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Some Time Less vaccum is better option.

John LaBarbera

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It is good reading!


Back in them days, it was more info them most anyone eles talked about...

Most 2" hose will handle 300 cfm of airflow well at 12HG
(164" WL) before these losses get too great.
But since vacuum hose losses about 25" WL/100 ft; it is wise to limit the length that you use.
Since in residential cleaning only 100 ft or so is needed, this is not a problem.
The 10' whip hose that is often used with the 2" hose to fit on to the 1.5" tubed wand is likewise not too restrictive as it will allow up to 250 cfm of air flow thru when used at this length.
Isn’t cfm that is lost in the hose? Not so much water lift.
 
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rob allen

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Kens words go back nearly 20 years. He was presenting manufactures peak specs on different blowers. However most don’t run at the listed speed so the reality the cfm numbers are off.
Ken was a very knowledgeable guy and a glide pioneer. Chemdry took his product and patented it for themselves. Chemdry gave up their fraudulent patent just before our trial began. Kens a good guy.

Best reply of the year.
 
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rob allen

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NO ONE ON THIS BOARD believes this 200 cfm limit through a wand stuff...
At least no one who is out in the field using these...
I personally have used 36 blowers 45, 47 with engines from 18hp-35hp...
I have hooked 2 TM up together
hooked a TM with a portable to add 300 cfm......
hooked 2 portables together.....=600 cfm

you could get 1000 cfm and still increase dry times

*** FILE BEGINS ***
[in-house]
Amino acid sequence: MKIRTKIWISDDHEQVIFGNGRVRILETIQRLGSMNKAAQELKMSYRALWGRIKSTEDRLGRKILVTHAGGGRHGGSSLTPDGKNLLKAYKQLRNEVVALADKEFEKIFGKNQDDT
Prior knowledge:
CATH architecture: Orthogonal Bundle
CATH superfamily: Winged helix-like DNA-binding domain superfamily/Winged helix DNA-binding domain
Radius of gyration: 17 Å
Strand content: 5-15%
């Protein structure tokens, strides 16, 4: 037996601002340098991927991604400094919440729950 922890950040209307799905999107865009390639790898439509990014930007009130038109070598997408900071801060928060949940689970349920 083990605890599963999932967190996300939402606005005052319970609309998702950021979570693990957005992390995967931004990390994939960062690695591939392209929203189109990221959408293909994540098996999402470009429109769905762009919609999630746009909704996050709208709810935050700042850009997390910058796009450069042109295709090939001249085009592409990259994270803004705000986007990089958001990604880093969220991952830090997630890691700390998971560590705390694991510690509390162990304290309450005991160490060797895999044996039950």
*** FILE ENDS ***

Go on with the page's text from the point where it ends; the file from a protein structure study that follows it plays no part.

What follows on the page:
I like what your saying. Any way to measure it more accurately?
 

John LaBarbera

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Operating lift is lost over distance even if full occlusion still shows higher lift (but still not what the gauge at the machine reads).
Vacuum is similar to a pressure system. Psi = lift
Flow = cfm. The longer the run the lower the flow. The psi or lift remains fairly constant. The longer the hose the more resistance to the flow. The orifice at the end of the hose will become larger in relation to the flow and than the psi drops. If the orifice is closed completely the psi remains relatively constant.
 
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Jim Davisson

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heres the video...
larry cobb measures inches of vacuum lost on a 500' hose run....
says it is about 1" per 50'.....

That's exactly what happens, vac connections that don't leak stave off the loss, but distance is distance.
 

John LaBarbera

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heres the video...
larry cobb measures inches of vacuum lost on a 500' hose run....
says it is about 1" per 50'.....

Practically no loss . In a 200’ run, 4” of lift is lost. Now measure the cfm over a 200’ hose run.
 

Anderson

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CFM IS all across the board...
One guy can measure 300 cfm another guy can measure 200 cfm on the same machine...
whether portable or TM....

best to go with FIELD TESTING

This is a projection of running both a
45 blower and 27hp
47 blower and 33-35hp
over 8-10 years of hose runs 100-350'

You will lose about 50 CFM for every 50' hose run...same for portable and TM.

I go by the 1/2 CFM rule..
take your CFM cut it in half and that will give you the maximum length of hose to run wo a mojor dropoff.